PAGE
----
The Portuguese man o’ war (Physalia physalis), also known as the man-of-war, bluebottle, blue bottle jellyfish, or floating terror is a marine hydrozoan found in the Atlantic Ocean and the Indian Ocean. It is considered to be the same species as the Pacific man o’ war, which is found mainly in the Pacific Ocean.
Where does the Portuguese Man O War live?
WHERE ARE THEY FOUND? Man-of-wars are found floating in warm waters throughout the world’s oceans. They are primarily found in tropical and subtropical oceans, but strays can be found up the Eastern Atlantic coast as far north as the Bay of Fundy (Canada).
How does the Portuguese Man O War float?
Their float is filled partially with carbon monoxide.
Man-of-war floats contain these same gasses in similar ratios, but with a large proportion of carbon monoxide. Scientists hypothesize the man-of-war fills its float with carbon monoxide, gradually replacing it with air.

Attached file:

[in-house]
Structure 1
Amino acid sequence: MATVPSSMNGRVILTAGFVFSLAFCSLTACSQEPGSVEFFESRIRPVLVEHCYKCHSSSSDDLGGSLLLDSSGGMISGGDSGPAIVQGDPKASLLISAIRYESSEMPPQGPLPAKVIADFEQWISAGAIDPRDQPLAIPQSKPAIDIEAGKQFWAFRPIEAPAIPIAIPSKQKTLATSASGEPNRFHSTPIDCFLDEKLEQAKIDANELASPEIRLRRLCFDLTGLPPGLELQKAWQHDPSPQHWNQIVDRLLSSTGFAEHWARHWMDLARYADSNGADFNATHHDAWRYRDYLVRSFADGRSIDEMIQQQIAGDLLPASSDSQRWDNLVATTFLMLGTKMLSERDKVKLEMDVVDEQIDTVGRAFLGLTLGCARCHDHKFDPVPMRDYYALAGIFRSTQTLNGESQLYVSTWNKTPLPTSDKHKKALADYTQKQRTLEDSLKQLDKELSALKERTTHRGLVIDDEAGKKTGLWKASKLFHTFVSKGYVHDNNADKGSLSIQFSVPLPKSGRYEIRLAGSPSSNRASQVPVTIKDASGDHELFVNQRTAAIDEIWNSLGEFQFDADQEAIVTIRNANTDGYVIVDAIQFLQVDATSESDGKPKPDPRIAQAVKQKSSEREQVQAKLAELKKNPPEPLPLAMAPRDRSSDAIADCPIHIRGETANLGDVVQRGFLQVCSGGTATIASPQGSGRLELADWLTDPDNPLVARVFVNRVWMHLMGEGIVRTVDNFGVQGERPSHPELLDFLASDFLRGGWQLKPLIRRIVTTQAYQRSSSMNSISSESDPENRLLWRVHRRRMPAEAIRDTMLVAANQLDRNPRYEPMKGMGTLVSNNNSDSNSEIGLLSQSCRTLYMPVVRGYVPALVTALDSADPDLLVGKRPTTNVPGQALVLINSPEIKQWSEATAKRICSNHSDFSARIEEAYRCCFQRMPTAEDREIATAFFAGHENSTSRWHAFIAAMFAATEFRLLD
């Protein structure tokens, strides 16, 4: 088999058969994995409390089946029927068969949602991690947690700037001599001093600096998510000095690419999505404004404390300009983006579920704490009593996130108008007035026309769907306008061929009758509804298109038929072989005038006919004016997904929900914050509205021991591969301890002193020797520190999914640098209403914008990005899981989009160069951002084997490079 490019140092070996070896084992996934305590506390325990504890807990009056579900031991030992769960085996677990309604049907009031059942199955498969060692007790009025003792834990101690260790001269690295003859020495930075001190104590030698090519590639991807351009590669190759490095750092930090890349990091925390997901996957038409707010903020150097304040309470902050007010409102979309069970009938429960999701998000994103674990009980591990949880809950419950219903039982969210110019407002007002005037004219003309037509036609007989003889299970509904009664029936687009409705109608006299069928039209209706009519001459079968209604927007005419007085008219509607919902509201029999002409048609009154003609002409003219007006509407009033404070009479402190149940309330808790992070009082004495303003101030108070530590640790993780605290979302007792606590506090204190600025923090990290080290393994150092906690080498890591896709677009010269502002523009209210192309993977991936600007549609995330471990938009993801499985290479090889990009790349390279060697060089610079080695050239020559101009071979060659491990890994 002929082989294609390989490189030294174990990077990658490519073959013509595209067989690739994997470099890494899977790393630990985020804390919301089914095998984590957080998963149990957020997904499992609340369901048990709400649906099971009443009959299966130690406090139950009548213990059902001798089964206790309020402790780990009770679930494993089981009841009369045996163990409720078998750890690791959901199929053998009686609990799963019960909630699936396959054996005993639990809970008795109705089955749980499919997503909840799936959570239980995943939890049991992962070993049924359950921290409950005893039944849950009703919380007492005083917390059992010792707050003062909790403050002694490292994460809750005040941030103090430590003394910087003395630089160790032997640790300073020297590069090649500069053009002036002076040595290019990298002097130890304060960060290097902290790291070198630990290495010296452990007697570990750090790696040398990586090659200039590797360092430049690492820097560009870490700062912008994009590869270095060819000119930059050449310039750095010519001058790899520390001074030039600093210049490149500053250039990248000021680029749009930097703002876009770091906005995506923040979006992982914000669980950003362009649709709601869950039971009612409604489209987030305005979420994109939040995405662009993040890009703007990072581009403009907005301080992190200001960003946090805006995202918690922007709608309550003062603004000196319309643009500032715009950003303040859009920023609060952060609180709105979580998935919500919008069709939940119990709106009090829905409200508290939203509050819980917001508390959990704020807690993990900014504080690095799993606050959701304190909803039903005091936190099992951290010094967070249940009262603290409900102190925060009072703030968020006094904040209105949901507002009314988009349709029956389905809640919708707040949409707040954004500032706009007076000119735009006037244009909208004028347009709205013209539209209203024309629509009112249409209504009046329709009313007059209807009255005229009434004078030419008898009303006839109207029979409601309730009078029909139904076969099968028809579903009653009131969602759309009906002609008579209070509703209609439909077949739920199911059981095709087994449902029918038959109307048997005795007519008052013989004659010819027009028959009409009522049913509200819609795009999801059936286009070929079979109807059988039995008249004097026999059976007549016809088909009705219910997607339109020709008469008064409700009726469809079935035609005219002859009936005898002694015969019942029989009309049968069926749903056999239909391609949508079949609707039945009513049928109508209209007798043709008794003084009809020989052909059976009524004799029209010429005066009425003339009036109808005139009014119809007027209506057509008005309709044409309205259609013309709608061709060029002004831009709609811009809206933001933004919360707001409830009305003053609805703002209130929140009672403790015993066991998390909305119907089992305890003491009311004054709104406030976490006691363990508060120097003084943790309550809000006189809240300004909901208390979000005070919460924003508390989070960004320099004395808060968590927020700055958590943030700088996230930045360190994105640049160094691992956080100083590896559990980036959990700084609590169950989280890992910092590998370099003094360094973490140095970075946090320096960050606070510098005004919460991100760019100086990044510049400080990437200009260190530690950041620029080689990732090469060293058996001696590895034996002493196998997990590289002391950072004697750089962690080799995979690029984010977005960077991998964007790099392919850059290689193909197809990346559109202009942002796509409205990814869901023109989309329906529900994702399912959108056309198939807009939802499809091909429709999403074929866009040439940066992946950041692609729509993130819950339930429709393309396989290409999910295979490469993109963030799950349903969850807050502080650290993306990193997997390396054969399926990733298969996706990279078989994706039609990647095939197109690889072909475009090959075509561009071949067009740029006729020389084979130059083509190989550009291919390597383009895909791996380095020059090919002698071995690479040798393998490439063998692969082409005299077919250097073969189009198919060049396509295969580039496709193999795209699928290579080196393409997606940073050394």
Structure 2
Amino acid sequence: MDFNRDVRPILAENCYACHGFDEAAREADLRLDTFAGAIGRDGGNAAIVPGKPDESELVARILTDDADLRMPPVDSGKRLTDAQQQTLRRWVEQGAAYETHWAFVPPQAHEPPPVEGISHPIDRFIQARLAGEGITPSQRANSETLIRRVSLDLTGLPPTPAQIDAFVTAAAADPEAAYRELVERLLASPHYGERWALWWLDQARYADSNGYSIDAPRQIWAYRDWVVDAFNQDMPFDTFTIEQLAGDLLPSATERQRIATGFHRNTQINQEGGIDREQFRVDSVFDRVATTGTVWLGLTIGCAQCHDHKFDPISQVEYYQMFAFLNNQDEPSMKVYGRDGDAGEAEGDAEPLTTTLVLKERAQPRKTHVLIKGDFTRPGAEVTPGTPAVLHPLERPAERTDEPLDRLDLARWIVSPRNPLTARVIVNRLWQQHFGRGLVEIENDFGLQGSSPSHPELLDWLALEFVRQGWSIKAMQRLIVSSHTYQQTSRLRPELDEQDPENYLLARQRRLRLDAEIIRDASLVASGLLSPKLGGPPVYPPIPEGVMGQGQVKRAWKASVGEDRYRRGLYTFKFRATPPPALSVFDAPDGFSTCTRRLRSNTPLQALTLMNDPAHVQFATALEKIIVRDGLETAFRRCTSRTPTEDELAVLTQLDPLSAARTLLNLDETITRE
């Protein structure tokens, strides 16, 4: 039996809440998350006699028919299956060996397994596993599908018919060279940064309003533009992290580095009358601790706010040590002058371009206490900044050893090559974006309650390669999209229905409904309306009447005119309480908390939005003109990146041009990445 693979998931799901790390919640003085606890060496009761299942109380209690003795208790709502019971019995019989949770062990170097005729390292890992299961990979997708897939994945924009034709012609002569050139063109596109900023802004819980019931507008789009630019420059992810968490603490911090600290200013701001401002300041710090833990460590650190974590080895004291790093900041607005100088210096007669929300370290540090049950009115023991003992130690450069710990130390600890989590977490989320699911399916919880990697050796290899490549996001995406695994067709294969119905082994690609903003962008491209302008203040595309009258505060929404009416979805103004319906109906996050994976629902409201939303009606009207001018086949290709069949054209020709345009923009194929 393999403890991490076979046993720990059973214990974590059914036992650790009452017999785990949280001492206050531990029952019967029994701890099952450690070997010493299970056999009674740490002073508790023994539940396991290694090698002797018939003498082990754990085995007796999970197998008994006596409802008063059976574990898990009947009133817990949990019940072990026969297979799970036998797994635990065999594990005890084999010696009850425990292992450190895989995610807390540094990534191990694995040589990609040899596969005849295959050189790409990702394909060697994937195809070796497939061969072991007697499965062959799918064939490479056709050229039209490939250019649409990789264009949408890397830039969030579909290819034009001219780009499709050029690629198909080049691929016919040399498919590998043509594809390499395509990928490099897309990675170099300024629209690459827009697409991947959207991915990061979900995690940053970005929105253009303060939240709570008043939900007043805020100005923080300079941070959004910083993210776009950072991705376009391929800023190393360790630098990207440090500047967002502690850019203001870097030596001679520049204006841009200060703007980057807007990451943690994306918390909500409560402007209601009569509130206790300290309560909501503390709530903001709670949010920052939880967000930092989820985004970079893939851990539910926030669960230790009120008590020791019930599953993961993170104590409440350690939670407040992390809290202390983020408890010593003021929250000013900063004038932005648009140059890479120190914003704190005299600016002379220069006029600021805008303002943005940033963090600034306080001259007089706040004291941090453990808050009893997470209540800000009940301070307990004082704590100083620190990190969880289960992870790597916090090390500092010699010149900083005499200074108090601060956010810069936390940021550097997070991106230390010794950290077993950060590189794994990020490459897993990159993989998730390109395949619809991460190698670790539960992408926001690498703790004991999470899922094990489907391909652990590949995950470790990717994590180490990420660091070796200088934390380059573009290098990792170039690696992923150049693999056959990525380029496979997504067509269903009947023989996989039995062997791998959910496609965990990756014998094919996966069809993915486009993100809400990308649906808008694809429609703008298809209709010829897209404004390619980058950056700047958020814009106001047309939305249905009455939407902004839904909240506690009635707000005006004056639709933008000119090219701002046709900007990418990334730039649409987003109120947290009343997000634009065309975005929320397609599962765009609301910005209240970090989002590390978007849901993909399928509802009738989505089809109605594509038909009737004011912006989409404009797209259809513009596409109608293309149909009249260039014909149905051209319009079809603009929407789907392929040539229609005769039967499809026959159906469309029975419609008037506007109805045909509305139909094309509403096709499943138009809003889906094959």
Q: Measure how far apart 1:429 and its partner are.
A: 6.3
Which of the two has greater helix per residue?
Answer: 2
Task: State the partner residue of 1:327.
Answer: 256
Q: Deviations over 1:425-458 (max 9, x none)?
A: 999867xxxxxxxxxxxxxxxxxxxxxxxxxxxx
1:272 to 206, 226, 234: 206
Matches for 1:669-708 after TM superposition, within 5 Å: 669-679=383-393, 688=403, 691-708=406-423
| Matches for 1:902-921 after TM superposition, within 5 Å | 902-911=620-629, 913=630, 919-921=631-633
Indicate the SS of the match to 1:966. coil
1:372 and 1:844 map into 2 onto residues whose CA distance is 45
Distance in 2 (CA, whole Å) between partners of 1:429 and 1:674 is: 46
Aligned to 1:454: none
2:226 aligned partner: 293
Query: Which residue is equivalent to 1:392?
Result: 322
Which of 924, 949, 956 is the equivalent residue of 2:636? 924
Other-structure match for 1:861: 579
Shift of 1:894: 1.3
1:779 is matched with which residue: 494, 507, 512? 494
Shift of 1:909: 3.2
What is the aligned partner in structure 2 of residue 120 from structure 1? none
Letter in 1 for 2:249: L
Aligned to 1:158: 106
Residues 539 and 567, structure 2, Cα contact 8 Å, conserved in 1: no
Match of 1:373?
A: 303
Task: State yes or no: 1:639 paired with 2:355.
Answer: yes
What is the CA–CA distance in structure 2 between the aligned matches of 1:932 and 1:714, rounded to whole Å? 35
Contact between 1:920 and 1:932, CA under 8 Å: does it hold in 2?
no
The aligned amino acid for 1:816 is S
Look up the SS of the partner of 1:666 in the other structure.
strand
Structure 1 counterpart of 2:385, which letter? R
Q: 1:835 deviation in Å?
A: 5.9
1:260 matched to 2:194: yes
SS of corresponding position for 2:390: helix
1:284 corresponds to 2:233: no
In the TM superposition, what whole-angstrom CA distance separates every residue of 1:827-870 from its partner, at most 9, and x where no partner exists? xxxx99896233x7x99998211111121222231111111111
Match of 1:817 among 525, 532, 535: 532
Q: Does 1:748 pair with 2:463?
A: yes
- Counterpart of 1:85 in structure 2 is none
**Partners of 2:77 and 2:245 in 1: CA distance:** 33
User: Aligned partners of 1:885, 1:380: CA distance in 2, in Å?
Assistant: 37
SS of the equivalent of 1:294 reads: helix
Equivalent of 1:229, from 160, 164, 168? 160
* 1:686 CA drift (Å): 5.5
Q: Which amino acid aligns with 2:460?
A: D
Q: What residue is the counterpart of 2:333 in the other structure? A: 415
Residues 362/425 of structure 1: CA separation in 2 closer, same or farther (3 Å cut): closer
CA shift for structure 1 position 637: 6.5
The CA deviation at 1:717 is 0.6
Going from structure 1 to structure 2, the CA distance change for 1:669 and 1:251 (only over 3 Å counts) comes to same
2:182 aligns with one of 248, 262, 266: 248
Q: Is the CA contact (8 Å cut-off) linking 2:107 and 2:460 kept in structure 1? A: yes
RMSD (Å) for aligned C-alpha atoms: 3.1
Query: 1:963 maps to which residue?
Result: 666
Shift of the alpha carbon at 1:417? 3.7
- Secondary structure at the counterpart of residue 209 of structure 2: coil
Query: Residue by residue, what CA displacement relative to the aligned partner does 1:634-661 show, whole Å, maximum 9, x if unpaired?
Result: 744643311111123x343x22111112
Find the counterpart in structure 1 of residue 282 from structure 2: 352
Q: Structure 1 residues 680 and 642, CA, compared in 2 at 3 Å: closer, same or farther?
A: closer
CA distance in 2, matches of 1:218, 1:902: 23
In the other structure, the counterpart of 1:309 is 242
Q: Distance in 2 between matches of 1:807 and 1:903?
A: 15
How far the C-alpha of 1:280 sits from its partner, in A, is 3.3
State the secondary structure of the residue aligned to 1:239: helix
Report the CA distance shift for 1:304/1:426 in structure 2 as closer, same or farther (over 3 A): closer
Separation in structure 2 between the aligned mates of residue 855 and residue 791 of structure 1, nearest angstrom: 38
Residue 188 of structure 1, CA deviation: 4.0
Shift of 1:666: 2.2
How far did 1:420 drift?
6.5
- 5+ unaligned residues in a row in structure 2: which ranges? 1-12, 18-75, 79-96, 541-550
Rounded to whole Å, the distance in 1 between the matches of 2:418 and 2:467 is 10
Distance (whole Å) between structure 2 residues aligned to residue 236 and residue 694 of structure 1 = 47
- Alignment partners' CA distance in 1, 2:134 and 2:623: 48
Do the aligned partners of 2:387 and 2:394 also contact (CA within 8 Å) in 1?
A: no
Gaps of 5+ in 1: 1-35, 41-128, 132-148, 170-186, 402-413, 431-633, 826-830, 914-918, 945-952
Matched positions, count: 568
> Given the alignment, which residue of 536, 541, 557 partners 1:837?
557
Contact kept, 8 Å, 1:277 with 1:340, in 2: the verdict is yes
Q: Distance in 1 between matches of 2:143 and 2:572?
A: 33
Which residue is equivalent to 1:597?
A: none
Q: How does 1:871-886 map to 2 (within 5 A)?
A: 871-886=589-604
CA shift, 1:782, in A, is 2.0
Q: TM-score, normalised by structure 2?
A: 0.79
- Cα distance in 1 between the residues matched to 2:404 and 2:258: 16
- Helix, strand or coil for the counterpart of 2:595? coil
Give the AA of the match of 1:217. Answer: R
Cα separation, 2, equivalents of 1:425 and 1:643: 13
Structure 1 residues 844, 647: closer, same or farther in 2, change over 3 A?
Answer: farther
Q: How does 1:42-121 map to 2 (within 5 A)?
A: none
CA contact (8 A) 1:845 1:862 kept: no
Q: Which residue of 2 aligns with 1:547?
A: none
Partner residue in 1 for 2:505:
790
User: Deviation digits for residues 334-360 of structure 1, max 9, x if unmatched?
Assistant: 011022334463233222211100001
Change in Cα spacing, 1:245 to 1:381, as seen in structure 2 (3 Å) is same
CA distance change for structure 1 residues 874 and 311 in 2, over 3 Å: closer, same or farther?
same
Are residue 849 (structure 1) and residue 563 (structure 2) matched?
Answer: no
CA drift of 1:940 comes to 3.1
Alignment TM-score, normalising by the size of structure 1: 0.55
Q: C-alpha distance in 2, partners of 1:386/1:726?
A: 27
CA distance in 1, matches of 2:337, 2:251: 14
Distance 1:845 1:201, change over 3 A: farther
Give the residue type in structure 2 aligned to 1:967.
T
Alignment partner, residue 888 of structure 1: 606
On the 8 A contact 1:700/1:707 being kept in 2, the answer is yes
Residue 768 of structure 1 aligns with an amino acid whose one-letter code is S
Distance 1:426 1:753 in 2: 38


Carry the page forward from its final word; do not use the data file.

Can you touch the top of a Portuguese Man O War?
The venom is very painful to humans, and can result in skin welts or even an allergy-like response. If you see a Portuguese Man O’War, admire from afar and do NOT touch!
What is a Portuguese Man O War diet?
The Portuguese Man-of-War traps its food in its tentacles. It feeds mainly on fish fry (young fish) and small adult fish, and it also consumes shrimp, other crustaceans, and other small animals in the plankton. Nearly 70 to 90% of the prey are fish.